Dozens of agents from across the U.S. and Canada shared insights Tuesday during Inman Connect Now. Overall, they described active markets that have also changed during the tumultuous months of the coronavirus pandemic.

Since the pandemic began sweeping the U.S. in March, real estate professionals and their clients have been on a rollercoaster. Along with dire case numbers and economic chaos, interest in real estate plummeted early on before rocketing back up in many markets.

On Tuesday, dozens of agents from across the U.S. gathered during Inman Connect Now to discuss what that looks like for them locally. Among other things, they described rapid sales, low inventory and strategies for digging up new opportunities. And while every market is different, the overall theme of these conversations was that amid tragedy, there are still openings for success.

Here’s what the different agents had to say. Click through to the stories on each region to read more.

Northeast: Fleeing New Yorkers are fueling nearby markets

Multiple agents working in the Northeast said Tuesday that they’re seeing an influx of buyers from New York City. The buyers are pouring into metros such as Philadelphia and other areas within two hours of the Big Apple. Price and the ability to close quickly also seem to be more important to these buyers rather than the specific area where a property is located.

Clockwise from top left: Katie Clancy, Byron Lazine and Annie Balcerzak at Inman Connect Now Tuesday. Credit: Inman

Many of these buyers are looking for specific amenities, such as pools or multiple home offices, though the biggest draw appears to simply be more space. And the end result of this trend is that, much like other regions, prices are rising and inventory is low in various destination communities. Read more here.

Southeast: Agents thrive by mixing the old and new

Agents in the Southeast are facing a scorching hot market, and in order to thrive said Tuesday that they’re relying on tried-and-true tactics such as cold calling and going door-to-door. With existing clients, they also described having success with high-touch contact.

Clockwise from top left: Jorge Guerra, Jr., Lynn Johnson and Quintavius Burdette. Credit: Inman

However, they aren’t just stuck in the old school. The agents also said they are using video and other virtual tools to stay in touch with clients, and suggested everyone jump on the technology bandwagon. Read more here.

Southwest: Despite a busy market, agents should work to diversify their business

Agents from a group of states in the Southwest uniformly described busy market conditions Tuesday, in some cases saying that they have recently had record months. Still, challenges remain during the coronavirus pandemic and the speakers encouraged other members of the industry to proactively seek out new opportunities.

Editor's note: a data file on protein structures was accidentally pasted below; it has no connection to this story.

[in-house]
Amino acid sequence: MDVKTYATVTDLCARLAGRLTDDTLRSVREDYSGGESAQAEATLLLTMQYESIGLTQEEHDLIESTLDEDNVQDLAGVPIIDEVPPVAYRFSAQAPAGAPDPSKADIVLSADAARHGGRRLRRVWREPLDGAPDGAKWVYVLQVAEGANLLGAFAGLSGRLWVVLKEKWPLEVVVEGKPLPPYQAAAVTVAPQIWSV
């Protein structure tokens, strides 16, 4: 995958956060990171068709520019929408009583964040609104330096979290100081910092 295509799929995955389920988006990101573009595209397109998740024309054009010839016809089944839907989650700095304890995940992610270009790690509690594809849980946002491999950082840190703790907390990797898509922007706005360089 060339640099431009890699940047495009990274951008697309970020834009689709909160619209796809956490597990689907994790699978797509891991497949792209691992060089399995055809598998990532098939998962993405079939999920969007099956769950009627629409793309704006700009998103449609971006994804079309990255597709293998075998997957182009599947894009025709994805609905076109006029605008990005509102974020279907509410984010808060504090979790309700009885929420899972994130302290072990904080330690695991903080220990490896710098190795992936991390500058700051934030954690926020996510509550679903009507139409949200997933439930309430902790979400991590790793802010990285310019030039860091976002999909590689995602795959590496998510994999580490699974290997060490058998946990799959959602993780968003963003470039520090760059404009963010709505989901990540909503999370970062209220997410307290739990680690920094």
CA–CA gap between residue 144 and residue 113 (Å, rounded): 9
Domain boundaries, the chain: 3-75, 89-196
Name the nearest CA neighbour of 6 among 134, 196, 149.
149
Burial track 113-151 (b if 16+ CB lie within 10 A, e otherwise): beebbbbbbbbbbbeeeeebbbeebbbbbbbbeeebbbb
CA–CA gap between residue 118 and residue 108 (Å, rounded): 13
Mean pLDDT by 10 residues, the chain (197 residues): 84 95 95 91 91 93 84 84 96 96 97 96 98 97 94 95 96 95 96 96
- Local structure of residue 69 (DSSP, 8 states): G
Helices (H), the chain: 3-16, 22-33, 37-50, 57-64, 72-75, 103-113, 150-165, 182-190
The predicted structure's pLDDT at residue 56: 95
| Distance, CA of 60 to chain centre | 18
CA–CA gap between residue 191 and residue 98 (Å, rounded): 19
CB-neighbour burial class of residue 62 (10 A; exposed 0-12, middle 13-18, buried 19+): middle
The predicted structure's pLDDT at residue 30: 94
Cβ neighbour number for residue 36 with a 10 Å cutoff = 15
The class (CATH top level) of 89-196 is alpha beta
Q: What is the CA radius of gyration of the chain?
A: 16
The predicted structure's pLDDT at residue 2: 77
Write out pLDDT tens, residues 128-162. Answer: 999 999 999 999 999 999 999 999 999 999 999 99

Clockwise from top left: Nicole Lopez, Stacie Staub, Tiffany Curry and Shar Rundio. Credit: Inman Credit: Inman

Among other things, the agents suggested focusing social media strategy on “pertinent followers,” donating money to charity and looking for ways to stay in touch with clients. Read more here.

Midwest: Real estate pros predict a strong start to 2021

Agents from the Midwest who spoke during Inman Connect agreed with their counterparts in other areas that inventory is low and buyers are seeking out housing with more space and amenities. They also said that the luxury urban market has slowed down considerably, and they envision a strong start for real estate in 2021.

Clockwise from top left: Angela Raab, Tommy Choi, Lucas Howard and Malcolm Landenberger. Credit: Inman

The agents from the Midwest also shared tips, urging agents to give industry pros gifts and to reach out to contacts in their database, among other things. The idea, they argued, is to “future-proof” agents’ business. Read more here.

West Coast: Agents future-proof their business with technology and a human touch

Agents from California, Oregon and Washington who chatted during a West Coast breakout session Tuesday said they’re seeing growing interest in vacation homes and in real estate within 100 miles of primary metro areas. Buyers also seem to be interested in single family homes, though what happens next in the market remains an open question.

Clockwise from top left: Sabrina Brown, Sarita Dua, Nina Dosanjh, and Frank Nolan at Inman Connect Now Tuesday. Credit: Inman

Either way, though, agents who want to stay competitive are leaning on newer technologies such as Matterport tours, which are now being included in more and more listings. However, they cautioned against leaning exclusively on technology, saying that agents still need to maintain a personal, high-touch connection with their clients. Read more here.

Canada: Agents are confident amid high demand and low mortgage rates

Canadian agents who also appeared during Tuesday’s Connect Now regional breakout sessions described many of the same trends their U.S. counterparts have seen: High demand for single-family homes, low mortgage rates and general confidence in the housing market even if there is still some broader economic uncertainty.

Clockwise from top left: Sandra Kirkland, Tony Joe, Kim Heitzmann and Faisal Susiwala. Credit: Inman

Canadian agents also mentioned a debate about real estate best practices, including if and when open houses should come back. But whether or not they do, the agents advised their industry colleagues to continue looking for ways to connect with people. Read more here.

Email Jim Dalrymple II

 

Don’t miss the next two Connect Now events, September 15 & October 20. We’re actively adding new speakers to the September event line-up and, wow, there is a lot of firepower. Click here to learn more. 

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